Alasdair Cook: A View on Shah Deniz
Shah Deniz Stage 2, or Full Field Development (FFD), is a giant project that will bring gas from Azerbaijan to Europe and Turkey. This will increase gas supply and energy security to European markets through the opening of the new southern gas corridor.
As British Petroleum’s VP for Shah Deniz FFD, Alasdair Cook is responsible for the integrated leadership of this project, bringing gas from the Caspian Sea to Europe for the first time. The project includes construction of offshore facilities in Azerbaijan, expansion of a terminal and pipeline system from Azerbaijan to Turkey and marketing of the gas in Europe.
How would you describe up to date developments regarding Shah Deniz 2 project?
The Shah Deniz project really expanded over the last year, with early engineering completed for the platforms, subsea installations, terminal and pipelines. We’ve also seen progress with drilling, with the completion of one development well and progression of another. The key success of 2011 has undoubtedly been the agreement between Shah Deniz and Turkey in October to open the Southern Gas Corridor. In addition, we have completed the 'request for proposals' for pipeline offers to take our gas to South or Central Europe, and that includes the offers from Nabucco, ITGI and TAP. All this means that we can move into our $3bn FEED program at the start of 2012.
What major challenge does the project face?
The real challenge is foremost the cooperation and coordination of all stakeholders participating in Shah Deniz 2. Production is scheduled to start up in 2017 and throughout the upcoming development, Azerbaijan, Georgia, Turkey, the EU and USA – and a number of other countries - will need to support the project. The main challenge ahead of us is to be able to align between governments and participating companies, so as to ensure to the market that the gas will flow uninterrupted. We believe that Shah Deniz 2 is the most complex gas project developed to date: it involves so many different countries and companies. Certainly the international cooperation of all parties involved is essential.
In your opinion, what does 2012 hold for the Shah Deniz 2 project particularly with regards to the Southern Gas Corridor?
In 2012, we will turn from agreements to reality. We will turn from sheets of paper to sheets of steel. We will proceed with awarding up to 3 billion dollars’ worth of contracts later on this year. We will also select a pipeline route for the Southern Corridor. I think the project is progressing well and its immense potential is becoming evident to all parties involved. Lastly cooperation between us and the countries involved, and especially Azerbaijan, Georgia and Turkey will increase even further.
How has the climate of cooperation been with international bodies such as the EU?
I would like to point out firstly, that our cooperation with Azerbaijan has been outstanding so far. SOCAR has done an outstanding job, especially in achieving agreements in Turkey such as the ones that took place between October and December 2011.. SOCAR leads the pipeline selection process also for the Southern Corridor. Furthermore, our collaboration with Turkey and in particular with the Energy Minister Taner Yıldız has been excellent. Turkey is seriously striving to become an energy hub and has ambitious plans regarding imports of Caspian gas.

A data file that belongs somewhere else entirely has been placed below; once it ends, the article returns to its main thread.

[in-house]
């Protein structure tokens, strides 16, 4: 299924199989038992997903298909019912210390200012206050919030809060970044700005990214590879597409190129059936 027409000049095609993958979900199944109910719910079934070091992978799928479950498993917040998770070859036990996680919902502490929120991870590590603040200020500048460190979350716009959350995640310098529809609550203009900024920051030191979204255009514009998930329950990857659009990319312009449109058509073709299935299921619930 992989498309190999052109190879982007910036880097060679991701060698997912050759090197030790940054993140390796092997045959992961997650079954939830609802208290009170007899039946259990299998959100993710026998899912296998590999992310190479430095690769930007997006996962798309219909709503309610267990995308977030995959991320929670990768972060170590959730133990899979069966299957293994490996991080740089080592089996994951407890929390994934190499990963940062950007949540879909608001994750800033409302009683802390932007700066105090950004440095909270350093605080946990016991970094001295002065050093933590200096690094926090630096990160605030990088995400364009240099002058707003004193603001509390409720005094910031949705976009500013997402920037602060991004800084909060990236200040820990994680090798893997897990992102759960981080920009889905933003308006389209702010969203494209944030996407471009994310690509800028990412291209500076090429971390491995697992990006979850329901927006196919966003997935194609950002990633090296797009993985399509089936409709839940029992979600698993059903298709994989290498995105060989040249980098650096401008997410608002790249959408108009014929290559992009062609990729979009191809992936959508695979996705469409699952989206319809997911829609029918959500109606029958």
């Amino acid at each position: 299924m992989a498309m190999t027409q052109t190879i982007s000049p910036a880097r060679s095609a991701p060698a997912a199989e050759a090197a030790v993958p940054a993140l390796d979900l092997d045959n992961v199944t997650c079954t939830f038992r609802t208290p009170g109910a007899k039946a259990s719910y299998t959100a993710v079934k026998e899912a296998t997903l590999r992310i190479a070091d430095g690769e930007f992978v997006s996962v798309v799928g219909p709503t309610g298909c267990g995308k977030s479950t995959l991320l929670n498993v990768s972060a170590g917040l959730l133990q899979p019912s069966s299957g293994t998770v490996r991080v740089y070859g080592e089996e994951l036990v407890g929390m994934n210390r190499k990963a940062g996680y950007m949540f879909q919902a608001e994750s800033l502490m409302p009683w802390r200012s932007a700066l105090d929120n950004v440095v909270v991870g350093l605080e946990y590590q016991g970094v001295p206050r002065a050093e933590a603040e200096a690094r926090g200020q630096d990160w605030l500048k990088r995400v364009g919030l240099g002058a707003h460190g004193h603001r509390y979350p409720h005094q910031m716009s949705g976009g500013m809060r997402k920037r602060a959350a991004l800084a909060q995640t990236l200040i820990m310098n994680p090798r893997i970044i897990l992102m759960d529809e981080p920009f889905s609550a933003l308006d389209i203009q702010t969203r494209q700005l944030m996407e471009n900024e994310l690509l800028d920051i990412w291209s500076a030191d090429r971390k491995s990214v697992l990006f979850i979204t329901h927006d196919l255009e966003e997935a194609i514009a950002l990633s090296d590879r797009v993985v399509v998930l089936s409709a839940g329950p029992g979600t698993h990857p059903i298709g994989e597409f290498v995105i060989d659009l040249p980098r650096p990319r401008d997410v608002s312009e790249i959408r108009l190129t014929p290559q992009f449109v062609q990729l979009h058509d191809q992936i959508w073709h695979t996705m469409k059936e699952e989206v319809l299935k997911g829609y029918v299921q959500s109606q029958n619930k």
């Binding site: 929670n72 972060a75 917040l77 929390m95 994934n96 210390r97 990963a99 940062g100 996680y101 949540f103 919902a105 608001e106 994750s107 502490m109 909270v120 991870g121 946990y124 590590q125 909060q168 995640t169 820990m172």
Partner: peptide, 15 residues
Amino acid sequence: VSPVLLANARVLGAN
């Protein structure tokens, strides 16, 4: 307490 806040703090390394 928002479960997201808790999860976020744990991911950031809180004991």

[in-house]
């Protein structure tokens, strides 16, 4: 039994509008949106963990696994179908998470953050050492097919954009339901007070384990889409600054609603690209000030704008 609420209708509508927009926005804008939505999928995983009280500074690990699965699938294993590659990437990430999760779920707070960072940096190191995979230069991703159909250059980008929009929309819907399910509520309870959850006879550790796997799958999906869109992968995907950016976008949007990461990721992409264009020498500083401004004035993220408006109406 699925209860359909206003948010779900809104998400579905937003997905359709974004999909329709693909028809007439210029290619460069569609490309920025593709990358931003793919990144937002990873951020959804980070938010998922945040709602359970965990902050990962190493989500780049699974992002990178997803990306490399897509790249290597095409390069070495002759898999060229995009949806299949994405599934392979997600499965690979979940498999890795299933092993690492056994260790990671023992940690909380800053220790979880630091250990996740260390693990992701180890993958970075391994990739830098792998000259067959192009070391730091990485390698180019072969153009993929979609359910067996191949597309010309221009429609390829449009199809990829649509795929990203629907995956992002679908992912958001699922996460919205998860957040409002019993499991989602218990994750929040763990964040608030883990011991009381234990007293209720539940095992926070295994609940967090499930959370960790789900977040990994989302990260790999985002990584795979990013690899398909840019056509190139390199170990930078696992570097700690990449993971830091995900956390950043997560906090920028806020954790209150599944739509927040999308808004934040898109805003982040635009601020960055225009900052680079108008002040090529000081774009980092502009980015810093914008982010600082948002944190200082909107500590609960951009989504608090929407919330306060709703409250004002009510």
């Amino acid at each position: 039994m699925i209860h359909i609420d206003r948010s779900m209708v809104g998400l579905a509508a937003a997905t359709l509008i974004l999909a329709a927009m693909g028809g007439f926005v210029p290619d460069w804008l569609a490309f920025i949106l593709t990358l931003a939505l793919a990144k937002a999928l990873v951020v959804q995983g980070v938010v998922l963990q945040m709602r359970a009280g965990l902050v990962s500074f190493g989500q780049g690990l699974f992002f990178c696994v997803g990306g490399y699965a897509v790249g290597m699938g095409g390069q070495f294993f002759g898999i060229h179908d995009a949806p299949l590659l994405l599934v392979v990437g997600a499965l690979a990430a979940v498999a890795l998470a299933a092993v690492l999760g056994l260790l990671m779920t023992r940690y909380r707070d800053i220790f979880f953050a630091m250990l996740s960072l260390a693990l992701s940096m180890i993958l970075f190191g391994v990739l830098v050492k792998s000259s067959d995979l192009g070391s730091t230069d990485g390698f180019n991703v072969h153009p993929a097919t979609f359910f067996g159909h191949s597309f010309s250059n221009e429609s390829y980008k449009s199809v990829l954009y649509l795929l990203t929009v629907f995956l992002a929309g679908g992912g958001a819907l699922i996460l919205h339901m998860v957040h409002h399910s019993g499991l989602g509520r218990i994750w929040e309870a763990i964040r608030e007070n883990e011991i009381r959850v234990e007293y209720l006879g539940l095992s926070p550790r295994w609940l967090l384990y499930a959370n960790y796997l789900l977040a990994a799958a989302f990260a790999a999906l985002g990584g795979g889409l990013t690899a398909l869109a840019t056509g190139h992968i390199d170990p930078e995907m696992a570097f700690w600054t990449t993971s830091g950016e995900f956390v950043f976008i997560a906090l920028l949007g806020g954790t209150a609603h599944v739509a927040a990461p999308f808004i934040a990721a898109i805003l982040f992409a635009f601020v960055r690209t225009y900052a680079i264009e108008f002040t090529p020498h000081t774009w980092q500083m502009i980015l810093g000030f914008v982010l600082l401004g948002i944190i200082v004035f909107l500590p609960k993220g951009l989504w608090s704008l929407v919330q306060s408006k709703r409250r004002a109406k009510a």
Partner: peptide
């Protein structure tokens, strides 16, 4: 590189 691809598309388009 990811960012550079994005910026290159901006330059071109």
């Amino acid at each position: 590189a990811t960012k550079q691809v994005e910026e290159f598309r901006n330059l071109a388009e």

The European Union as well, has been supportive, especially through the Energy Commissioner Günther Oettinger, who assisted in all fronts regarding the Southern Corridor route. Moreover, United States Ambassador Richard Morningstar has been present in every step, in an effort to secure cooperation between all stakeholders for the Shah Deniz project. All in all, we can say that our cooperation with national governments and international bodies involved with the project has been very positive.
How important will Shah Deniz 2 be with regards to European energy security?
It is very important on two accounts. Firstly, it is the first time that Caspian natural gas will find its way into Europe, thus allowing diversification of European energy imports, and improving energy security. Second, it is important to note that by opening up a route for Shah Deniz gas to the European market, we can also open up the region. This includes putting in place the political, legal and engineering infrastructure to allow gas to flow.
How do you envisage the future of this project a generation from now?
Shah Deniz 2 is the biggest gas discovery BP has ever made and I am certain that production from such a giant reservoir will continue for decades from now. Moreover, the Shah Deniz Deep discovery, which was made a few years ago, will provide us with further quantities of natural gas. In that respect I view the project as a long-term one with an important role for the European market and a positive impact in terms of energy security.
Lastly, regarding the selection for the transfer of gas to South or Central Europe - are you confident it will be decided within the next year?
We have already agreed that 6 bcm of gas will be delivered into Turkey, which will certainly become our most important market. As regards Europe, the regions of Central or South Europe could be the main export markets. A pipeline selection will be made in the coming months as to which pipeline routes will be awarded the go ahead for the Southern Corridor.
I would like to emphasize the importance of the partnerships to Shah Deniz. This includes the partnership with the Azerbaijan Government, the partnership inside Shah Deniz with SOCAR, Statoil, Total and others, and the partnership with governments along the pipeline route.